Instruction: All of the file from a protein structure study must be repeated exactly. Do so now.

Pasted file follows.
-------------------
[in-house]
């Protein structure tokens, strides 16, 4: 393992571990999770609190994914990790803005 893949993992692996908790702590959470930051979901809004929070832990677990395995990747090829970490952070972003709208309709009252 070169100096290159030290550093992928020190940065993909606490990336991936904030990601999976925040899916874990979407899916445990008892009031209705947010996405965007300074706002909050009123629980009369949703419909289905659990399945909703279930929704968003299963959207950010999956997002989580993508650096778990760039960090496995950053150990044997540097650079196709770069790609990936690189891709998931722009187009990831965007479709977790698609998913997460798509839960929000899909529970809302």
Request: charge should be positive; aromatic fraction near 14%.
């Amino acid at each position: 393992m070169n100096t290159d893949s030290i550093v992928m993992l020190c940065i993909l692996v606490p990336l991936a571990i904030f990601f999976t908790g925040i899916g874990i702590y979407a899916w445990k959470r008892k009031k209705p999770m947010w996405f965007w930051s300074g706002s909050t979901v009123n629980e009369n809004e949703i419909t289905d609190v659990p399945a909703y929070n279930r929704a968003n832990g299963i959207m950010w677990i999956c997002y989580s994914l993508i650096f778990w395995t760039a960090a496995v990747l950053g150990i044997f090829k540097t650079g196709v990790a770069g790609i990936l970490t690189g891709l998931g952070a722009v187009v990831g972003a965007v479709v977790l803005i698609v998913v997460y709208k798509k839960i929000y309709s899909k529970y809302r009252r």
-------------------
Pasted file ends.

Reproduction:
[in-house]
């Protein structure tokens, strides 16, 4: 393992571990999770609190994914990790803005 893949993992692996908790702590959470930051979901809004929070832990677990395995990747090829970490952070972003709208309709009252 070169100096290159030290550093992928020190940065993909606490990336991936904030990601999976925040899916874990979407899916445990008892009031209705947010996405965007300074706002909050009123629980009369949703419909289905659990399945909703279930929704968003299963959207950010999956997002989580993508650096778990760039960090496995950053150990044997540097650079196709770069790609990936690189891709998931722009187009990831965007479709977790698609998913997460798509839960929000899909529970809302």
Request: charge should be positive; aromatic fraction near 14%.
């Amino acid at each position: 393992m070169n100096t290159d893949s030290i550093v992928m993992l020190c940065i993909l692996v606490p990336l991936a571990i904030f990601f999976t908790g925040i899916g874990i702590y979407a899916w445990k959470r008892k009031k209705p999770m947010w996405f965007w930051s300074g706002s909050t979901v009123n629980e009369n809004e949703i419909t289905d609190v659990p399945a909703y929070n279930r929704a968003n832990g299963i959207m950010w677990i999956c997002y989580s994914l993508i650096f778990w395995t760039a960090a496995v990747l950053g150990i044997f090829k540097t650079g196709v990790a770069g790609i990936l970490t690189g891709l998931g952070a722009v187009v990831g972003a965007v479709v977790l803005i698609v998913v997460y709208k798509k839960i929000y309709s899909k529970y809302r009252r």